Now that's one "war on terror" fear inspired law that I could get behind 100%. Although I would offer an amendment that only females under 35 and weighing under 150 pounds would be forced to comply. All other compliance would be voluntary to show that you weren't hiding anything. I would also be in favor of selective enforcement by the mostly male police force. I think they could figure out for themselves who the most "egregious offenders" were. Any pretty girl who is clothed is an abomination. It has to stop.

Re:If it violates an amendment (2, Insightful)

FuckingNickName (1362625) | more than 4 years ago | (#33404948)

only females under 35 and weighing under 150 pounds

At least someone's thinking of the (female) children!

For everyone else, there's NAMBLA Card.

I have no idea why I just typed that.

I'm sorry.

I'm going to post this anyway just as an experiment to see how I get modded.

Also, this is, "If you have done nothing wrong, you have nothing to hide!" taken to its inevitable conclusion.

So I agree with you, except that it should compulsion should only apply to the families of those who support such government "protection".

Because who wins out when the only way to protect yourself from terrorist bogeymen is to have hordes of paedophile bogeymen looking at your family naked?

Another single sentence paragraph.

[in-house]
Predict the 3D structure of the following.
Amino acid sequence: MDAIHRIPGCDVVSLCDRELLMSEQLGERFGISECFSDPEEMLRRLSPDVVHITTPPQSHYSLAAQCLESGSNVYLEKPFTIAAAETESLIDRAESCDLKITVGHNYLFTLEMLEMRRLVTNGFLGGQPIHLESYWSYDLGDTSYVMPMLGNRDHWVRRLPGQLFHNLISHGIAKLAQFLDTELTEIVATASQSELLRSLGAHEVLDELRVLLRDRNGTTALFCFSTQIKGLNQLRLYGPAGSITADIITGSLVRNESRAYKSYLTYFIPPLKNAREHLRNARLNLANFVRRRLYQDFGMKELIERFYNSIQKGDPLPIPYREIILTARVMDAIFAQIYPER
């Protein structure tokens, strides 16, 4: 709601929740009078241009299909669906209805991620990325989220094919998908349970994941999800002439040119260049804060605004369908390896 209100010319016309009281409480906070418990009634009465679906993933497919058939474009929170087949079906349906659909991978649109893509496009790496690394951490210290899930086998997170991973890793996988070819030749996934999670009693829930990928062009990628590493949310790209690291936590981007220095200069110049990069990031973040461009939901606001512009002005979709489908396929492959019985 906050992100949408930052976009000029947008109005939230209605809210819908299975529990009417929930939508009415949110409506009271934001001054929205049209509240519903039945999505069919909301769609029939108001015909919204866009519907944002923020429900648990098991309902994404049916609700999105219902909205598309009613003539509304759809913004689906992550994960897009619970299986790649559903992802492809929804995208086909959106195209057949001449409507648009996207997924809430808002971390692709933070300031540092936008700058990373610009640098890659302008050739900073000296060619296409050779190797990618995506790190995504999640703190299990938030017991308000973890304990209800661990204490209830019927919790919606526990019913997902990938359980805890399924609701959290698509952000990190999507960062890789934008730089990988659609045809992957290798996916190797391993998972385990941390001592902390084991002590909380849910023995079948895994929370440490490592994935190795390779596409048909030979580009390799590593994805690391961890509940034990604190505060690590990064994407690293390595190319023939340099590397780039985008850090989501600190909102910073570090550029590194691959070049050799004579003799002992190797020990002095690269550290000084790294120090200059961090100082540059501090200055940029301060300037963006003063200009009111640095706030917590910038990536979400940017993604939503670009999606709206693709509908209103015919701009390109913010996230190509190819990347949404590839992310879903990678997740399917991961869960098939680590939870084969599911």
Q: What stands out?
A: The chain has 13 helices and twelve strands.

Well, sentence fragment!

Re:If it violates an amendment (1)

Abstrackt (609015) | more than 4 years ago | (#33404984)

Neither. If no one is allowed to wear clothes, then there is no "peeking under clothes" law being broken. Look for a "Only terrorists wear clothing" slogan on a billboard near you.

I'd feel sorry for the people living in the northern states come winter.

Re:If it violates an amendment (1)

mysidia (191772) | more than 4 years ago | (#33404664)

Neither. The use of these is already illegal

Re:If it violates an amendment (5, Insightful)

Ruud Althuizen (835426) | more than 4 years ago | (#33404870)

How many car bombs have we seen lately to justify these actions?

those must be bombs under that there shirt lady... (0)

Anonymous Coward | more than 4 years ago | (#33404304)

we have to check! it's for justice.

Re:those must be bombs under that there shirt lady (0, Offtopic)

Frosty Piss (770223) | more than 4 years ago | (#33404402)

Those must be bombs under that there shirt lady...

Oh, they're "the bomb" alright! The real thing, baby!

No conspiracy here, move along (2, Funny)